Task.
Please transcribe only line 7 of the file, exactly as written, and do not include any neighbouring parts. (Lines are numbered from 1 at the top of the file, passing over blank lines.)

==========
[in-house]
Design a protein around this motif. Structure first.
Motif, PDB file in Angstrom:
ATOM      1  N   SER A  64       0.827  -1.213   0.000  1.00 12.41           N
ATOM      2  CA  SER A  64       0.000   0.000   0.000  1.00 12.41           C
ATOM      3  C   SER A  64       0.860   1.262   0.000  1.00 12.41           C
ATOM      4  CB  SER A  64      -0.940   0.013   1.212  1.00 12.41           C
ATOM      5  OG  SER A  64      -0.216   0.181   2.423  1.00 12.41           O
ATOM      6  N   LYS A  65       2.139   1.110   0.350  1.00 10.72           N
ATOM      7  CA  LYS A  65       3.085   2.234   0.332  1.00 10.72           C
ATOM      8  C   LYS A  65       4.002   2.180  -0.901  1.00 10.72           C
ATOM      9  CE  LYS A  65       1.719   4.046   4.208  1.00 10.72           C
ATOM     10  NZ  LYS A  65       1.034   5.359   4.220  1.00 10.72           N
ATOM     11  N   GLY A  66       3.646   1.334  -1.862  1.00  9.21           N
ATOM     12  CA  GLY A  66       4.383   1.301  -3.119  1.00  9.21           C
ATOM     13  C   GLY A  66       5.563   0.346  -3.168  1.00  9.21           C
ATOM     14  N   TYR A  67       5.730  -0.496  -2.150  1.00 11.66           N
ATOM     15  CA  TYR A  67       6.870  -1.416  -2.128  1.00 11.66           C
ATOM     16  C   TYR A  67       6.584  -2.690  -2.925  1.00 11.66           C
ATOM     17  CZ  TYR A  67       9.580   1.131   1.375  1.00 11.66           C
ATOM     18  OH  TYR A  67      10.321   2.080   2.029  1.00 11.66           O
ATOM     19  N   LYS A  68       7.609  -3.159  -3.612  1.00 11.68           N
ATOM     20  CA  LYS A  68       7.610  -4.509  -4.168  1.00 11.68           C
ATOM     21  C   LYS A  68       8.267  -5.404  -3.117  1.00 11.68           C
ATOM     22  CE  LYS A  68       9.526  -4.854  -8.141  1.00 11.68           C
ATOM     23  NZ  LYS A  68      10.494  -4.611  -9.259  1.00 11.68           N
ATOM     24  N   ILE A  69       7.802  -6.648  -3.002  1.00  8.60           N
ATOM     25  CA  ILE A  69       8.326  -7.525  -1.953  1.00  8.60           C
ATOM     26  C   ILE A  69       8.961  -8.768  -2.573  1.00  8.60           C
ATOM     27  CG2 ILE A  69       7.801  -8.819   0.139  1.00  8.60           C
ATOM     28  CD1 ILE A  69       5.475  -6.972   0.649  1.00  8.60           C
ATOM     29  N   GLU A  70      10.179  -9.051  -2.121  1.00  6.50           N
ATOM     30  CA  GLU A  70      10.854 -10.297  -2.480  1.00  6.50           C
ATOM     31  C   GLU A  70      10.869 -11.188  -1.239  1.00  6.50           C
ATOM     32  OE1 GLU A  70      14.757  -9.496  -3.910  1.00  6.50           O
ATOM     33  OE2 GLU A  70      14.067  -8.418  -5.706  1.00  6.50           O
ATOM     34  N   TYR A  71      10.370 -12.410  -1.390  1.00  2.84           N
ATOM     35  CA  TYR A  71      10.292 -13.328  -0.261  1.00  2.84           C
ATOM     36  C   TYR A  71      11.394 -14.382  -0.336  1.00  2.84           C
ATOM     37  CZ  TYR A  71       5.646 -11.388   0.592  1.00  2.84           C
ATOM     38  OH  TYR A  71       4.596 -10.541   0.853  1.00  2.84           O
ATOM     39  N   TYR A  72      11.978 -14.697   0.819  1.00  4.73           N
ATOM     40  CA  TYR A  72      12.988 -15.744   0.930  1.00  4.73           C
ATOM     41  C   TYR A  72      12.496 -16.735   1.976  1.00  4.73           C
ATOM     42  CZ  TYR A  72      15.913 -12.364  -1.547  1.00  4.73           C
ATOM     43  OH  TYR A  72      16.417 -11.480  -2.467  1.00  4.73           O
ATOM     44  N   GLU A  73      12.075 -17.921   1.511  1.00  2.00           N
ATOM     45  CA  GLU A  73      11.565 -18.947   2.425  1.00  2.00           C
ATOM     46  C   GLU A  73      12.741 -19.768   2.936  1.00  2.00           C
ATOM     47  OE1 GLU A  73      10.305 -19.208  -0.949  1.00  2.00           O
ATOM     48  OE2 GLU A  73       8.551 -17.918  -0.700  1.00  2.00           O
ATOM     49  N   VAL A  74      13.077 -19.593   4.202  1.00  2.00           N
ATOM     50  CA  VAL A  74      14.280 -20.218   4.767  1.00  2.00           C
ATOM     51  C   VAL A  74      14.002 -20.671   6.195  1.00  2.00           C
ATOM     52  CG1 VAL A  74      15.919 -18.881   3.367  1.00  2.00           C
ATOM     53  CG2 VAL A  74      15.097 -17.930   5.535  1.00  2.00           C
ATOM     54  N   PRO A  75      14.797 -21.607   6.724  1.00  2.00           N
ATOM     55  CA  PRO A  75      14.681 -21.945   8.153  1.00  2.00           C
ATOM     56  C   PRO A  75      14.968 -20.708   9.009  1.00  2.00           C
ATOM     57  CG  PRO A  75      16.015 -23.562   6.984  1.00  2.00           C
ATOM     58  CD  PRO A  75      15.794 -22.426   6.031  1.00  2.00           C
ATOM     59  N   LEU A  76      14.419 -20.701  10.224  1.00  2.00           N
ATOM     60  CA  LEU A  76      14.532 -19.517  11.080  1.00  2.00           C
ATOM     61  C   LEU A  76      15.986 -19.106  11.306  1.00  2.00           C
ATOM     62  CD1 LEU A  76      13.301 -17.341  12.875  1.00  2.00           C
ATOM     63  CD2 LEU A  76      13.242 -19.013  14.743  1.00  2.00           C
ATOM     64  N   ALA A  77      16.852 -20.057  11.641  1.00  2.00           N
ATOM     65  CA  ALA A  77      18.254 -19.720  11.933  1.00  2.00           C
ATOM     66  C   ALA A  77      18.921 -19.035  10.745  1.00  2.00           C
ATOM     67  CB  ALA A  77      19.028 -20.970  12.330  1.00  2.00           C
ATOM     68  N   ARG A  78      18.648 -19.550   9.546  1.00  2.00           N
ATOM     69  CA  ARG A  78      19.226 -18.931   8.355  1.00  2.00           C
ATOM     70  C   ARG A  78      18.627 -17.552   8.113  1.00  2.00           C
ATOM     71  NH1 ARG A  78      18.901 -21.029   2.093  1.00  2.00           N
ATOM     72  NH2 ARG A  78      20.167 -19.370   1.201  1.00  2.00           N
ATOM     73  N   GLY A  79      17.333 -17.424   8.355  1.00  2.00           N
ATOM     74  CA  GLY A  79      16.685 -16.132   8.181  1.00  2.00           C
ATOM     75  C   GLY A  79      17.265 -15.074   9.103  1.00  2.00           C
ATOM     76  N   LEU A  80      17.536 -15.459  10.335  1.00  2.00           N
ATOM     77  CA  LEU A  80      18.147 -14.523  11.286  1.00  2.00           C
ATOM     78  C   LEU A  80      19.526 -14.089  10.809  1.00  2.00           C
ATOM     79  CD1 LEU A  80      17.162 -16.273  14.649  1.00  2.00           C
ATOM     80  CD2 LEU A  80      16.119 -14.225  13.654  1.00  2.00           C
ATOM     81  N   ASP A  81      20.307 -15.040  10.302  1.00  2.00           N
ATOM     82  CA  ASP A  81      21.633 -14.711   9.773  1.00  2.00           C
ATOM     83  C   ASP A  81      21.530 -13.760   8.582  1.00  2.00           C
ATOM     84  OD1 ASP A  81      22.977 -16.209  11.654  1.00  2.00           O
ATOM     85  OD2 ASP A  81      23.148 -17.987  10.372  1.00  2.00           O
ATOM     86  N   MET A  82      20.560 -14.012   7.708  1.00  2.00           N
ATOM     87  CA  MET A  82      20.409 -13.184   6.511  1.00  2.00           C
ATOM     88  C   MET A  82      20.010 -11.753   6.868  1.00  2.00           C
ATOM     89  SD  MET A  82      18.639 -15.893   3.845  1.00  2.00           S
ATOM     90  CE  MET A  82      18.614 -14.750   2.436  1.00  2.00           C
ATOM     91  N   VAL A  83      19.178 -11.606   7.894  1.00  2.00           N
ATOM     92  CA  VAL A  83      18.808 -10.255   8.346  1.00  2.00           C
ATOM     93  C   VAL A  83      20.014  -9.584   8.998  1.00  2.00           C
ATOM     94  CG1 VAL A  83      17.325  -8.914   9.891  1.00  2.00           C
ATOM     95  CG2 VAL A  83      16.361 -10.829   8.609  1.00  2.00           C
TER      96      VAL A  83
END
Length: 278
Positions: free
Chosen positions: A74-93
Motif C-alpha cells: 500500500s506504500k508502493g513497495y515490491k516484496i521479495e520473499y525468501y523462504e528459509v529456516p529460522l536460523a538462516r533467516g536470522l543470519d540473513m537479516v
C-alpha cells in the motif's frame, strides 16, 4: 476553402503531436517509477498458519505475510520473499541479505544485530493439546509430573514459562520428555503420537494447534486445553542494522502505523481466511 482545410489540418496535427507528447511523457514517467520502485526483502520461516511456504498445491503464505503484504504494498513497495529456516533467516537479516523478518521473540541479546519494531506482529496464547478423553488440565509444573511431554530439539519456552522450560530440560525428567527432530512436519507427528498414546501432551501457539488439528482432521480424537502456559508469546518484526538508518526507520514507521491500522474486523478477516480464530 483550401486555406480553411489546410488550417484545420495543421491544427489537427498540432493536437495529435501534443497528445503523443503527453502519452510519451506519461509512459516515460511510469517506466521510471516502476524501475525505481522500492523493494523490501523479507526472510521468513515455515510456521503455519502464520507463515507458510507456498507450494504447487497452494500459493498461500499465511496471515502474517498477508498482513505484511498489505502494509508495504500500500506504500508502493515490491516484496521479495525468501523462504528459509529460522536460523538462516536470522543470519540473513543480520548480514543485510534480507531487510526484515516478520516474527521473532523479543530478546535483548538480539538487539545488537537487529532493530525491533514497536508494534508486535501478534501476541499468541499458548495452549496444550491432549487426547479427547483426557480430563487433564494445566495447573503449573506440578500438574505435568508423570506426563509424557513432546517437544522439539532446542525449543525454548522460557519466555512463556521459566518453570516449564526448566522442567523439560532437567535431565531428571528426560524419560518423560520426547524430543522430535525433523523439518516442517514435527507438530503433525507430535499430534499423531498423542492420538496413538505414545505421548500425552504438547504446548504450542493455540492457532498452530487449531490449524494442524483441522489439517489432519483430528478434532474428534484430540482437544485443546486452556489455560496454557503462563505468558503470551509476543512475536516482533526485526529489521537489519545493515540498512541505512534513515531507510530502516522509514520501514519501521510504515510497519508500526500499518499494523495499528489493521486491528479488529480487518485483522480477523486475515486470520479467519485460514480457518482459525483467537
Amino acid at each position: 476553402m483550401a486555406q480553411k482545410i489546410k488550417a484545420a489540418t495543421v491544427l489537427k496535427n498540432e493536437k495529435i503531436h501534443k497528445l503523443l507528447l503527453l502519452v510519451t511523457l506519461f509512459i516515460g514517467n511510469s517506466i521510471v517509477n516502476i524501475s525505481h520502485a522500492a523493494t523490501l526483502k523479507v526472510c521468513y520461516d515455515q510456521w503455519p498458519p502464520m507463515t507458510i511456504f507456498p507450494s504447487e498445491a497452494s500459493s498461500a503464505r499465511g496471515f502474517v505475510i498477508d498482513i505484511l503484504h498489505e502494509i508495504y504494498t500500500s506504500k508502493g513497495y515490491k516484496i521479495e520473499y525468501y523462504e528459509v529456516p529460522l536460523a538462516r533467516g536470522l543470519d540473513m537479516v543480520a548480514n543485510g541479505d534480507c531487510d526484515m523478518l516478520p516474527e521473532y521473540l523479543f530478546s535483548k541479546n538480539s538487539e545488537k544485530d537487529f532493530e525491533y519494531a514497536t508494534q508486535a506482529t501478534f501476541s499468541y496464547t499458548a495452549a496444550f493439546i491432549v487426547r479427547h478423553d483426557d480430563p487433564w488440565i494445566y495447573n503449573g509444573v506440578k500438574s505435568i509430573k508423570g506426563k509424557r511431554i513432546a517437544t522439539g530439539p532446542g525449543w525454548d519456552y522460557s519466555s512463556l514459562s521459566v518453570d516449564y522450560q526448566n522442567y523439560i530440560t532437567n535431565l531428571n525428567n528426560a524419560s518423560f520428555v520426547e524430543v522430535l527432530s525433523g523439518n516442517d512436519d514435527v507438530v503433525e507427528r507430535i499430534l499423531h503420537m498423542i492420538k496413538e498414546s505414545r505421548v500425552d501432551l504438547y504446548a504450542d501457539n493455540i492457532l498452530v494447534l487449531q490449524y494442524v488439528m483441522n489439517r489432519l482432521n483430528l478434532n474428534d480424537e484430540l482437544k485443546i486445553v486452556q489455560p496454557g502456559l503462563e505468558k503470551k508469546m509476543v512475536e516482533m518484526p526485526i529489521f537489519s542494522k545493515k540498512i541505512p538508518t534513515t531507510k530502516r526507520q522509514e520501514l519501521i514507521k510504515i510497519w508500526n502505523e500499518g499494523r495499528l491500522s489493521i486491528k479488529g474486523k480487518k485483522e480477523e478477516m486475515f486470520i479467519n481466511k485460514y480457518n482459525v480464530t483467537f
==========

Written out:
ATOM      4  CB  SER A  64      -0.940   0.013   1.212  1.00 12.41           C